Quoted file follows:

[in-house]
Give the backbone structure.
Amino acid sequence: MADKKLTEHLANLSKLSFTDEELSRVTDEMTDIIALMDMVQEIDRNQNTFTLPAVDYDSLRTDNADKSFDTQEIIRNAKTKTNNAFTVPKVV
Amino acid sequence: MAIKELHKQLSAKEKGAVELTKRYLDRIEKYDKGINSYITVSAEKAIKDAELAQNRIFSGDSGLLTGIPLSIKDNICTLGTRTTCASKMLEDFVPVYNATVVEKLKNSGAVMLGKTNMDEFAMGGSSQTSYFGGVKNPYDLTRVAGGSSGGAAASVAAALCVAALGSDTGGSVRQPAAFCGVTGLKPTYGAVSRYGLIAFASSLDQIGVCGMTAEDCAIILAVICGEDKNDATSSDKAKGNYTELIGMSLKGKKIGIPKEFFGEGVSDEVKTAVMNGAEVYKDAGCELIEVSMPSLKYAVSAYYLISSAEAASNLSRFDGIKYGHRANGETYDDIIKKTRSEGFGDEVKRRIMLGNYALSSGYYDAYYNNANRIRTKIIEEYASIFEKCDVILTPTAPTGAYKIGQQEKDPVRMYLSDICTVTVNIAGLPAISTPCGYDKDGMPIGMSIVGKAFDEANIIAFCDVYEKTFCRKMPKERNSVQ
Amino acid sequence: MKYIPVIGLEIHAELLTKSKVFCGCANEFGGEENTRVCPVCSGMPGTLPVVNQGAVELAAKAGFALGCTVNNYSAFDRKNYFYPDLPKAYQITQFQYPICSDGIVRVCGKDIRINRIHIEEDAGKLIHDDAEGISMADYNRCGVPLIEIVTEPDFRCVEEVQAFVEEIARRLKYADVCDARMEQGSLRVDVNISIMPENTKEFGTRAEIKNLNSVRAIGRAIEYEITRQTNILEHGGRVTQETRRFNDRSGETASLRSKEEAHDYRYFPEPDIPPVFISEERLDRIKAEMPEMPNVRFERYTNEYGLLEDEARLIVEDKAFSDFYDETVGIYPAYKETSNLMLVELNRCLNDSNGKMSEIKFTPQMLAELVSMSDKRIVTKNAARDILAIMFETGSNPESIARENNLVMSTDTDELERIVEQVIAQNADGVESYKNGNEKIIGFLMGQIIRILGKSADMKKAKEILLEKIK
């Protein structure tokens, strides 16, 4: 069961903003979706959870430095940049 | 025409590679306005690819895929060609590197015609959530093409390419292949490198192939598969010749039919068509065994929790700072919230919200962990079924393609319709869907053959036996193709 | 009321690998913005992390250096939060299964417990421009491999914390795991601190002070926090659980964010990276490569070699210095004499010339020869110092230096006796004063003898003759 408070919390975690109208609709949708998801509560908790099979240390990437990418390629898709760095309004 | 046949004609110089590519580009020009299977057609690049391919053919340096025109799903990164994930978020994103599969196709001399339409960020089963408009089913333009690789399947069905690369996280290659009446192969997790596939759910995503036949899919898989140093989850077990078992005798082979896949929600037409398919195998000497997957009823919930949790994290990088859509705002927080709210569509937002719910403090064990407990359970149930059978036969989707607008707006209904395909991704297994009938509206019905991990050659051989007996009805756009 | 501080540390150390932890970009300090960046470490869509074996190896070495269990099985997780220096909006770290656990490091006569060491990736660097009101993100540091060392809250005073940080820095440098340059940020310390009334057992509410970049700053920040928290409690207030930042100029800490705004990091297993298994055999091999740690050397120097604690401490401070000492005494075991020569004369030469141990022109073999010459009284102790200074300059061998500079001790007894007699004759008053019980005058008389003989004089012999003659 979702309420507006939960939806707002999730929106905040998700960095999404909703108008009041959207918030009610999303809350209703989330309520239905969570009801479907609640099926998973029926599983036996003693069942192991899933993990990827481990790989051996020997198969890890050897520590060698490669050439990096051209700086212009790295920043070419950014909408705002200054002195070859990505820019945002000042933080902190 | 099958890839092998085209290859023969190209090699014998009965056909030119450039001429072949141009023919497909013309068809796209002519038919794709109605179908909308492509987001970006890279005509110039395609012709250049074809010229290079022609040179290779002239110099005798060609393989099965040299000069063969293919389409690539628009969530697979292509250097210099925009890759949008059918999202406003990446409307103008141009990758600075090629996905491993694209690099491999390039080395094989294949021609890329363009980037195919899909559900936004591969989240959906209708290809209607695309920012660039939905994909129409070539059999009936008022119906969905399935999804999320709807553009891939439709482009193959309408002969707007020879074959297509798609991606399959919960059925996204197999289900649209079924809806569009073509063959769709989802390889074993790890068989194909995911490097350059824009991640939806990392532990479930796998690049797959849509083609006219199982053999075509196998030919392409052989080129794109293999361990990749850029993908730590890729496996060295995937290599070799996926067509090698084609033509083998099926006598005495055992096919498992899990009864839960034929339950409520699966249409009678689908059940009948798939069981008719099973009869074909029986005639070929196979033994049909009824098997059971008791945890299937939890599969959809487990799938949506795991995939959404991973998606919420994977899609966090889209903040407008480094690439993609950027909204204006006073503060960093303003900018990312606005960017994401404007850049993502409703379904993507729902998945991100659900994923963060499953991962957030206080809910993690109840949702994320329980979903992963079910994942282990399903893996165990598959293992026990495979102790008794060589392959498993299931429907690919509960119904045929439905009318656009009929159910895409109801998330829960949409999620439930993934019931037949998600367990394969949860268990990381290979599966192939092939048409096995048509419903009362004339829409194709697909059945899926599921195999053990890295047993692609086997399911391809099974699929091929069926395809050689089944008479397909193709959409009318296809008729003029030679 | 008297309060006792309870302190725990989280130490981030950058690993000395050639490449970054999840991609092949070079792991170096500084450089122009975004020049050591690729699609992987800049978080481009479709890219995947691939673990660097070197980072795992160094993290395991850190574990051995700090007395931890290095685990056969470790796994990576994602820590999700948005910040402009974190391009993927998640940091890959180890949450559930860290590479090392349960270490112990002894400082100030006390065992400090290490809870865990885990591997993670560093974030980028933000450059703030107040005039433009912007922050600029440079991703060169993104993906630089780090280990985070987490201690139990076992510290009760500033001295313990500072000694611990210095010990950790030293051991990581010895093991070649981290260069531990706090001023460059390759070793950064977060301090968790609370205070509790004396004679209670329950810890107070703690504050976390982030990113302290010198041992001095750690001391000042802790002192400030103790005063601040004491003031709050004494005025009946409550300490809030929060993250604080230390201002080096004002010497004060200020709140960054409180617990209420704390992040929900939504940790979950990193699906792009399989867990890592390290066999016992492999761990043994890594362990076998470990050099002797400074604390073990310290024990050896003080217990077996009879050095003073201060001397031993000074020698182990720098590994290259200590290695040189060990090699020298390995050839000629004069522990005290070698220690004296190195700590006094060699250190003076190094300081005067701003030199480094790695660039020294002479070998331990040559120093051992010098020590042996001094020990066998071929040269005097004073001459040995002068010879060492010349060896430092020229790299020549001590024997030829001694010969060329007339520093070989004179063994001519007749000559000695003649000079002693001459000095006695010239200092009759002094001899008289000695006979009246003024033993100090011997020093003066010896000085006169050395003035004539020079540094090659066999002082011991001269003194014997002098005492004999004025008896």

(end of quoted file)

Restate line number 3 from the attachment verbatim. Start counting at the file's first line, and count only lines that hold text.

Amino acid sequence: MADKKLTEHLANLSKLSFTDEELSRVTDEMTDIIALMDMVQEIDRNQNTFTLPAVDYDSLRTDNADKSFDTQEIIRNAKTKTNNAFTVPKVV